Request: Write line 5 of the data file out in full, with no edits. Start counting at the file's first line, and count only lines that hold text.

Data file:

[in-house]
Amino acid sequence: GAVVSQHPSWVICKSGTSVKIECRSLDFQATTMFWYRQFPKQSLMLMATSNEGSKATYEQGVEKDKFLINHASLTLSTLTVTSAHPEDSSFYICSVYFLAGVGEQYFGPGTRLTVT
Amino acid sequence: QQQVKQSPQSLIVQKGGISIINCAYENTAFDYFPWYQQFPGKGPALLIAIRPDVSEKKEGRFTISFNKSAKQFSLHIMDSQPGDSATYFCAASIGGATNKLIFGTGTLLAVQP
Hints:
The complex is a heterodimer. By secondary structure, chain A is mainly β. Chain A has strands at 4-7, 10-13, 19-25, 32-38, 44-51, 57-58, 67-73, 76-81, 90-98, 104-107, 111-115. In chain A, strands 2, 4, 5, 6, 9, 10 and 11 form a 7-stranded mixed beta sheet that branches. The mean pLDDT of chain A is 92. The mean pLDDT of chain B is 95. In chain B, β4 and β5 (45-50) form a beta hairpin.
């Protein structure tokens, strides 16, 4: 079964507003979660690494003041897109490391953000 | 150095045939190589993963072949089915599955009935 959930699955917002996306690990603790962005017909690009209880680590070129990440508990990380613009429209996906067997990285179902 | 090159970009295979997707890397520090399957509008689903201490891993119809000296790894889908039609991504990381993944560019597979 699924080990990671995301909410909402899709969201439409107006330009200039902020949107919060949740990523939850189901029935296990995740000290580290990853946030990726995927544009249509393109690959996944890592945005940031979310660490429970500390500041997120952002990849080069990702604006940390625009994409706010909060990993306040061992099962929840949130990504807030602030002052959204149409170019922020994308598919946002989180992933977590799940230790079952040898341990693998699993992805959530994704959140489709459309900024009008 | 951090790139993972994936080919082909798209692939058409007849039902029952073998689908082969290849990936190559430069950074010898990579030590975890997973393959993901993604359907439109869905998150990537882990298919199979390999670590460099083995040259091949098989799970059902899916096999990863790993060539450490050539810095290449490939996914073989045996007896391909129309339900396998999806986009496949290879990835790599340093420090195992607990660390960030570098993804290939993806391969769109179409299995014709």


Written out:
The complex is a heterodimer. By secondary structure, chain A is mainly β. Chain A has strands at 4-7, 10-13, 19-25, 32-38, 44-51, 57-58, 67-73, 76-81, 90-98, 104-107, 111-115. In chain A, strands 2, 4, 5, 6, 9, 10 and 11 form a 7-stranded mixed beta sheet that branches. The mean pLDDT of chain A is 92. The mean pLDDT of chain B is 95. In chain B, β4 and β5 (45-50) form a beta hairpin.